This post follows on from: “Email Formality, Informality, and Email’s future“. How might Email adopt some of the informality of other systems?
Let’s start by looking at a simple IM session (this is the Skype client):
Here we note a key feature vs. using an email client: The threads are purely person (or group) oriented. If you open a contact, you simply see all your IM communication with that person/group, no subdivision by subject or anything else. Similarly, you are not called on to add side-copies (CCs). The way in to the interface is simply a list of contacts (or “friends” etc.) – you choose the person you want to communicate with, and off you go. This minimizes formality by maximizing simplicity.
We can see a similar minimalism in Twitter, though the communication style is different:
Also worth noting is that the Skype IM client makes it easy to switch to another mode of communication (video). In a more integrated client experience, IMs, Email, Video Calls, SMS would all be part of the same simple thread with this contact.
Of course, IM and (even more so) SMS also create a real-time “please answer right now” element, initiating a conversation, while an email is longer, more self-contained, and implies permission to provide a delayed response. It would hard to provide a reliable real-time conversation via email protocols – though delivery can be near instantaneous, delays of a minute or so are not uncommon. Accordingly, a very-simple-email client might need to be a combined IM-and-Email client (or even Very-Simple-Email+IM+SMS), automatically selecting IM or email as the case might be, but retaining the pure-contacts orientation of tracking activities; call it a “Very Simple Communication Client”.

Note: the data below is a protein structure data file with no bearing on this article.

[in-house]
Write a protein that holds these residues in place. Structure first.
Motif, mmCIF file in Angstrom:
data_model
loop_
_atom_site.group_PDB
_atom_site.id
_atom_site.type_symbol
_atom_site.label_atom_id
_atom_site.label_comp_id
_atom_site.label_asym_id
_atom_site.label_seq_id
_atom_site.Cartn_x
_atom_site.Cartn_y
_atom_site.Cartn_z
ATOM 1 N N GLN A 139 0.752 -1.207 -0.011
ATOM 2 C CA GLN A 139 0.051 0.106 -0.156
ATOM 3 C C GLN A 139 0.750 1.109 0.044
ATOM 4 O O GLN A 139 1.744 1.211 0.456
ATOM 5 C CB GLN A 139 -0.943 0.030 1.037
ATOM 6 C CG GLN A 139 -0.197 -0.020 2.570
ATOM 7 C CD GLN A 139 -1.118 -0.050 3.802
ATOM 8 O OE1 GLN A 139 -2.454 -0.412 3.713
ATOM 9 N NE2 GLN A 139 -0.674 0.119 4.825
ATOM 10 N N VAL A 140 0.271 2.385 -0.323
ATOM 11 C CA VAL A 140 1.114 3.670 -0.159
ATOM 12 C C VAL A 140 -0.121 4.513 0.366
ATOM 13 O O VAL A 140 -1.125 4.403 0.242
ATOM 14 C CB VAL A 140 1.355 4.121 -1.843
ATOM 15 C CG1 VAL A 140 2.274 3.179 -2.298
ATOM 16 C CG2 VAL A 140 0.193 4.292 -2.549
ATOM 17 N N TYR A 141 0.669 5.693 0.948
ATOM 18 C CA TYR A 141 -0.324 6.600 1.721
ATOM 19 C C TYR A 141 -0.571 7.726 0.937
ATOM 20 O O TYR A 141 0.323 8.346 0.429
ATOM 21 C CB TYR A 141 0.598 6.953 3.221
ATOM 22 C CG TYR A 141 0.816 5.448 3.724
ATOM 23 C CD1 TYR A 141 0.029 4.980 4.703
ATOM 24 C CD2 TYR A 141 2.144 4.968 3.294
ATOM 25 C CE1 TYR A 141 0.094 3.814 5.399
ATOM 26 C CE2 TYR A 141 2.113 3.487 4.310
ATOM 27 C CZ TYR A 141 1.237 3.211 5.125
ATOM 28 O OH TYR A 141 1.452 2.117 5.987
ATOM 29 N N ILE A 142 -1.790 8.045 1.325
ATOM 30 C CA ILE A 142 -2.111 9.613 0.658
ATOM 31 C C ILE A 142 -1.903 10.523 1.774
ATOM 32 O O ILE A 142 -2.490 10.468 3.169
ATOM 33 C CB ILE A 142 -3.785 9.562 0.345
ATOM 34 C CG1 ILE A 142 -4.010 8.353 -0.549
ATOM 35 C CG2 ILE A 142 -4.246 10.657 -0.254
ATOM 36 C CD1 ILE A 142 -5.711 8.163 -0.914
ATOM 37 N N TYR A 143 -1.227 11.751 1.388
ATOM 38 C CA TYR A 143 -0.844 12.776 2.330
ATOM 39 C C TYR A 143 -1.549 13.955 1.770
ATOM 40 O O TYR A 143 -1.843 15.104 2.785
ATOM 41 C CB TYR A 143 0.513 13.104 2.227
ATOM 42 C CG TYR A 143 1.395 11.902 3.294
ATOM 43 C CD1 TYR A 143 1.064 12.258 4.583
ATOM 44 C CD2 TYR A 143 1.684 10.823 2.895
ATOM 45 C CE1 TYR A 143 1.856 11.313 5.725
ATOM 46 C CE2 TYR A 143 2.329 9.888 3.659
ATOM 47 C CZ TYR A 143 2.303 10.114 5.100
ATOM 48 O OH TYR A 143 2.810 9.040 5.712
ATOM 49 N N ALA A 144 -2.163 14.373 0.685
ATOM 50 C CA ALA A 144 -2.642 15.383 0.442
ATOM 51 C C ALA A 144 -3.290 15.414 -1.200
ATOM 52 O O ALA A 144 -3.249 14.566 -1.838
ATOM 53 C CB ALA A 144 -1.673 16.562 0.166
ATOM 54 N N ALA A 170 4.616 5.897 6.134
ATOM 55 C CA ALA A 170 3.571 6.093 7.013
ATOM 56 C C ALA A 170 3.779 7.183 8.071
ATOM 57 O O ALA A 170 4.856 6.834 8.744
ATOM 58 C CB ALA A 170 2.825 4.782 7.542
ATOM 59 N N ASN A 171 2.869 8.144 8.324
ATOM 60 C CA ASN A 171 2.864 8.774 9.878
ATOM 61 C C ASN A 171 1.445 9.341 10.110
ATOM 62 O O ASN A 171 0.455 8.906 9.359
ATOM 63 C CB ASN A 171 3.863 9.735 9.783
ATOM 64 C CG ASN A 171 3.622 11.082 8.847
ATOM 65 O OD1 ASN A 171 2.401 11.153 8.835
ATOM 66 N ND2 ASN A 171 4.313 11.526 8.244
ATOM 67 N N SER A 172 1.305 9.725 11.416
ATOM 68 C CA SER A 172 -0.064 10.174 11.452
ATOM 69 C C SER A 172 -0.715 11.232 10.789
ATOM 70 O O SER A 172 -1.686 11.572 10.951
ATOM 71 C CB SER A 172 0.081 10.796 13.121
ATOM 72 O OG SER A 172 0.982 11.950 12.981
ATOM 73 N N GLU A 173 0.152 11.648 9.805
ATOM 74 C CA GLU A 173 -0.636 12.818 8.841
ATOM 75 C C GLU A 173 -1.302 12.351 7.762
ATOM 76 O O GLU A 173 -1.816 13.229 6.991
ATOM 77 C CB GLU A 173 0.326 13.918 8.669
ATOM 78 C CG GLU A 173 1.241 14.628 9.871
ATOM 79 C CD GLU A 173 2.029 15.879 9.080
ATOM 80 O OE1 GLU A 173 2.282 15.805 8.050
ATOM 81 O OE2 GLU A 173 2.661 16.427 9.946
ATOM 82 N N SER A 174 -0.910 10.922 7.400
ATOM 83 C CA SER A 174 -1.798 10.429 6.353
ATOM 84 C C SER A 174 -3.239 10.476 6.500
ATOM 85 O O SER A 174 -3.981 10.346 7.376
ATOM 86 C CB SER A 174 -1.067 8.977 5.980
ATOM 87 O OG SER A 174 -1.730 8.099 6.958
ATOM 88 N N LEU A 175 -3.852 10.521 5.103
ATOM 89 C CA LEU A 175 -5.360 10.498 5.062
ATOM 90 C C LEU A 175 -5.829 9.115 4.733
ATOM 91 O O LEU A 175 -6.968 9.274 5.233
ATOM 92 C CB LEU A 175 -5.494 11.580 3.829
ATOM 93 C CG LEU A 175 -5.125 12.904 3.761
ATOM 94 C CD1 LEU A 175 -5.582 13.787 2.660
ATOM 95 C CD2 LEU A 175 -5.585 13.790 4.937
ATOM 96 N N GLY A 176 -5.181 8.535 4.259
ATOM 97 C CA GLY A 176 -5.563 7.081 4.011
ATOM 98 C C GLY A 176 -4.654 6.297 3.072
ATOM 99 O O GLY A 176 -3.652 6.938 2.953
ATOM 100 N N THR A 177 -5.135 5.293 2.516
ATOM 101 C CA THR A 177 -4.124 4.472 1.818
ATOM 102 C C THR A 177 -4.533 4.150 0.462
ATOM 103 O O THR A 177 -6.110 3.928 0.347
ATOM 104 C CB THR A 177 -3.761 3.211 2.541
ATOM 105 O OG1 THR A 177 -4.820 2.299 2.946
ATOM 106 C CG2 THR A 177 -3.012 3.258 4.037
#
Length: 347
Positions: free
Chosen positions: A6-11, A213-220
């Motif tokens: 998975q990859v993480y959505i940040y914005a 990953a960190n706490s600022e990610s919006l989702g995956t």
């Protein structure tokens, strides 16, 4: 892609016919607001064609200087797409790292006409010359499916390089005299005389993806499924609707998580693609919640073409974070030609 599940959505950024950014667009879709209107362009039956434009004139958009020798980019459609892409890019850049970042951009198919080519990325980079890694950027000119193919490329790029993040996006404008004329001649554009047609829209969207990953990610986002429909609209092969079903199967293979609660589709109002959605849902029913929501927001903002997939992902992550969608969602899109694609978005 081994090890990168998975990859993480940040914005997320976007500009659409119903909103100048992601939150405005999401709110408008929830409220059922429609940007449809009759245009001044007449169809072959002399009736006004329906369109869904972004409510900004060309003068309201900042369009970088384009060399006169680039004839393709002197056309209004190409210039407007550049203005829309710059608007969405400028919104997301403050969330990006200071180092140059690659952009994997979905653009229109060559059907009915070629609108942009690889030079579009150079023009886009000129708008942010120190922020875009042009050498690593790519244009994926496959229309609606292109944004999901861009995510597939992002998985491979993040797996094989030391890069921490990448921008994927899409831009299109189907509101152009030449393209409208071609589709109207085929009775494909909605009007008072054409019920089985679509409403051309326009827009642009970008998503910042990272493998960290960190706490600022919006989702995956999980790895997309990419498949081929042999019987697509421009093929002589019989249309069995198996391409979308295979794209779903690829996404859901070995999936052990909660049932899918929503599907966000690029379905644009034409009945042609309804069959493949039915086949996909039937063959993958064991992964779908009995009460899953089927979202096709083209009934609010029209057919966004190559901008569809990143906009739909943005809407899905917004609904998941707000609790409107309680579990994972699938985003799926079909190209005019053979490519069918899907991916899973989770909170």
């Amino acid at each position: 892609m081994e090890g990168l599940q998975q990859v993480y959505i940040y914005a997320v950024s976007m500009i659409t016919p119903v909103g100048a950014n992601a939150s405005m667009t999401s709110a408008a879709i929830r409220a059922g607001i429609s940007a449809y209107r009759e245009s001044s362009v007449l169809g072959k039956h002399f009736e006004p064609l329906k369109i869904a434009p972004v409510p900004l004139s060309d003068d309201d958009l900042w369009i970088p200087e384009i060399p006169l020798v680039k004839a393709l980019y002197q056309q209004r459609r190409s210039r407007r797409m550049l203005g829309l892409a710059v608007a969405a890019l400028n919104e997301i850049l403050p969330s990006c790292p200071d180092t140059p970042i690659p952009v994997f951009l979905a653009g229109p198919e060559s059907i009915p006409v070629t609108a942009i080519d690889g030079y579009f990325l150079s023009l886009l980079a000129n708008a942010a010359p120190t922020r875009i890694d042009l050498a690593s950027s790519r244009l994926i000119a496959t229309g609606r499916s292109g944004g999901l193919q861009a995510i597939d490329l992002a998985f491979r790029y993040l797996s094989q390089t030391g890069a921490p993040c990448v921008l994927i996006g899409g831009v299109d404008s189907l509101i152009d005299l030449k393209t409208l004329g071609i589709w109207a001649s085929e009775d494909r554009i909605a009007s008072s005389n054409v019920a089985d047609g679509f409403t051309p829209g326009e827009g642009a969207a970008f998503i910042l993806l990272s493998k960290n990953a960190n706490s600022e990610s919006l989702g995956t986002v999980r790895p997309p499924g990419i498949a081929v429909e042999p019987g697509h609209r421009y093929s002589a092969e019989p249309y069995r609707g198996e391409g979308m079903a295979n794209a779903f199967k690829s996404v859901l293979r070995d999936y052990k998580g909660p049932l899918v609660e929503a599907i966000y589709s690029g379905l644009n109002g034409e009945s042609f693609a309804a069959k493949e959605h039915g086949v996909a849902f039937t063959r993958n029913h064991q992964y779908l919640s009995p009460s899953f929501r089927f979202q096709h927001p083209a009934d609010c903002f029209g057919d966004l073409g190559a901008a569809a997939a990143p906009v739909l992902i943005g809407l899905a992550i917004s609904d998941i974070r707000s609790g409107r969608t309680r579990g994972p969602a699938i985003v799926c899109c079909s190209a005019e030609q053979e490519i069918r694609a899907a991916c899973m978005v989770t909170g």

How could a start-up address a situation? Almost certainly not by trying to build a massive new infrastructure for email (and IM and SMS and…). Rather, it would be by building a very-simplified-client that linked to some popular existing back-ends, and then taking it from there. It is even possible that it could exist as an extension to existing clients, in some cases.
Plainly, the client would need mobile support. Indeed, one of the appeals of such a client should be that it would be naturally fit for mobile (short messages, simple interface).
The client would also need to find an efficient (i.e. simplified) metaphor for handling incoming messages.
Although building a huge new infrastructure would be best avoided to begin with, in the longer term, the client might need a back-end to anchor its value. I will return to what a future back-end might look like in a future post.
I will also delve into the topic of how an ultra-simplified-messaging might apply to social walls (most notably FaceBook of course), and Twitter.